What is the Brucennial? The announcement on the Web site of its organizers, the anonymous members of the Bruce High Quality Foundation and Vito Schnabel, calls it: “The single most important art exhibition in the history of the world. Ever.” This impudent hyperbole leads you to wonder: Is the Brucennial 2012 (with its tag line “Harderer. Betterer. Fasterer. Strongerer.”) a joke? A madcap exercise in Relational Aesthetics? An Occupy-style protest against the New York art establishment and its carefully groomed exhibitions like the Whitney Biennial and the New Museum Triennial — both on view now?
You might view the jampacked, multifloor installation of works by close to 400 artists as a populist, radically inclusive survey of what artists in New York are really creating outside the filtering systems of galleries, museums and curators. It seems, for example, that many are making paintings. In salon-style, floor-to-ceiling hangings you will find every conceivable kind of two-dimensional creativity: Minimalist monochromes; Color Field stained canvases; finely and loosely grained patterning; cartoon allegories and sensitively observed still lifes. Quality, it must be noted, is extremely inconsistent. There are wonderful things, dumb things and inexplicable things. Three-dimensional work is similarly pluralistic and uneven. There is a smattering of videos.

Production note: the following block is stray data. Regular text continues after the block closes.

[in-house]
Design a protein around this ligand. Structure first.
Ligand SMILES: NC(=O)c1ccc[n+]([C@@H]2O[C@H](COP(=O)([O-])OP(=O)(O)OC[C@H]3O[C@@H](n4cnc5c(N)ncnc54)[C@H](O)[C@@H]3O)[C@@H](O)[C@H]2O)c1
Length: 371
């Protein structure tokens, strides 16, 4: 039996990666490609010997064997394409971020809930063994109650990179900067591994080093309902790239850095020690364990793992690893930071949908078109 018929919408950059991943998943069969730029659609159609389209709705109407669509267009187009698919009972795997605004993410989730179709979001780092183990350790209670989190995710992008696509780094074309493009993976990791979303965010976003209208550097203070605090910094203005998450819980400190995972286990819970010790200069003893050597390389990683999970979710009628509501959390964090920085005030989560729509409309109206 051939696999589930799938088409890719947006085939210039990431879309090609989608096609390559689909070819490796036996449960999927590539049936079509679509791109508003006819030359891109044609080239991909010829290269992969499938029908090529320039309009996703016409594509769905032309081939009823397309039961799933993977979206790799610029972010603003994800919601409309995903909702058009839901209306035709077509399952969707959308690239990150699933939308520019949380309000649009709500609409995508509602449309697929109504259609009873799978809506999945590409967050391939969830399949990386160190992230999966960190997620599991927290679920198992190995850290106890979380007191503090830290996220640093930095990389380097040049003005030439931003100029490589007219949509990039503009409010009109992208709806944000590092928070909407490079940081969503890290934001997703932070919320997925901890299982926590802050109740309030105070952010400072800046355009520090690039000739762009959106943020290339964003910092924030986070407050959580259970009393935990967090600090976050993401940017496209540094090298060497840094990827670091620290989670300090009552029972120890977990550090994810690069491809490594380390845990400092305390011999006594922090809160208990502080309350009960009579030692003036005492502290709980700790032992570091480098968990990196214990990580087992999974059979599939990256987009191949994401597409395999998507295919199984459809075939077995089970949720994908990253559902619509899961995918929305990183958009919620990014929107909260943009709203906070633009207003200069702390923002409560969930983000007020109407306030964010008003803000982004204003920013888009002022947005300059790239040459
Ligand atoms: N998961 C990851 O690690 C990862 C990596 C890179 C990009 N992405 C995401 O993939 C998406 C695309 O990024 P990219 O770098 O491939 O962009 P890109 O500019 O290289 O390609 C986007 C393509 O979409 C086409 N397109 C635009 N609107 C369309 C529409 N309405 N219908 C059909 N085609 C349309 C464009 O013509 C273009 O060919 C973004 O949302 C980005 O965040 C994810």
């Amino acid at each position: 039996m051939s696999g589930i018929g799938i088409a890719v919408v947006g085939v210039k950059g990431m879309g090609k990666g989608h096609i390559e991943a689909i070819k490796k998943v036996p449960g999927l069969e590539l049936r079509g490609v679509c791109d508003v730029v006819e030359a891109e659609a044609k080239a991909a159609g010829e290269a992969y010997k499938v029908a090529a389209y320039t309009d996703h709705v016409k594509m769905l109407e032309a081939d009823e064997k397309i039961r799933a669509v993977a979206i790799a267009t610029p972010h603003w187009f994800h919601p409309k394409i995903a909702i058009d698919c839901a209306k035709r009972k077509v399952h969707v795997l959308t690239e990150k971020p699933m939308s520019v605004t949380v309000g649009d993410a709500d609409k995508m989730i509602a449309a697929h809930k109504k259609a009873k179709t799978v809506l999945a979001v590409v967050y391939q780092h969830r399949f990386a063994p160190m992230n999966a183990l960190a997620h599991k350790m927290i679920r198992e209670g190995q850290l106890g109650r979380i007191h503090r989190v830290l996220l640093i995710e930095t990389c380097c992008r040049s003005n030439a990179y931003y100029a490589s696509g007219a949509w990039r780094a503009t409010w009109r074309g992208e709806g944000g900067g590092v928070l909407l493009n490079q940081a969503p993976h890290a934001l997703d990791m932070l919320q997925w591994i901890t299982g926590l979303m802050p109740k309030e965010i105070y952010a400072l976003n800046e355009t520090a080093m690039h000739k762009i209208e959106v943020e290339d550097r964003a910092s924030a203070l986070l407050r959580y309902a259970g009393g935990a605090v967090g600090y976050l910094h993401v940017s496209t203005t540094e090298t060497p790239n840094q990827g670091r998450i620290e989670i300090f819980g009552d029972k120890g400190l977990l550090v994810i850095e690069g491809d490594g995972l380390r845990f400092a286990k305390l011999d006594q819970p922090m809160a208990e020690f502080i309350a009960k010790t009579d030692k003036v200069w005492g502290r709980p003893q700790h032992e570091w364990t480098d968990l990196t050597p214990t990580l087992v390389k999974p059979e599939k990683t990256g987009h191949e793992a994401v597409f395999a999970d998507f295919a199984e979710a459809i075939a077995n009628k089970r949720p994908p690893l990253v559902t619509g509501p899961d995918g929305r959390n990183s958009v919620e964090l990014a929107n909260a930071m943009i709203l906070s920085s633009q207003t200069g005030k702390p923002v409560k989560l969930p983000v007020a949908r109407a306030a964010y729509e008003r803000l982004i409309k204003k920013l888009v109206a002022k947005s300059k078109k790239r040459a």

Despite the inclusion of works by well-known artists like Cindy Sherman, Ron Gorchov and Jean-Michel Basquiat, the show feels driven mainly by the energies of M.F.A.-degreed strivers, hardly any of whom would turn down an opportunity to show in a Chelsea gallery. Like a commercial art fair, the exhibition is fun and exhilarating at first, then the diversity and quantity are numbing and, finally, depressing. So who is truly served by the Brucennial? The answer is clear: no one is cooler than the Bruce High Quality Foundation.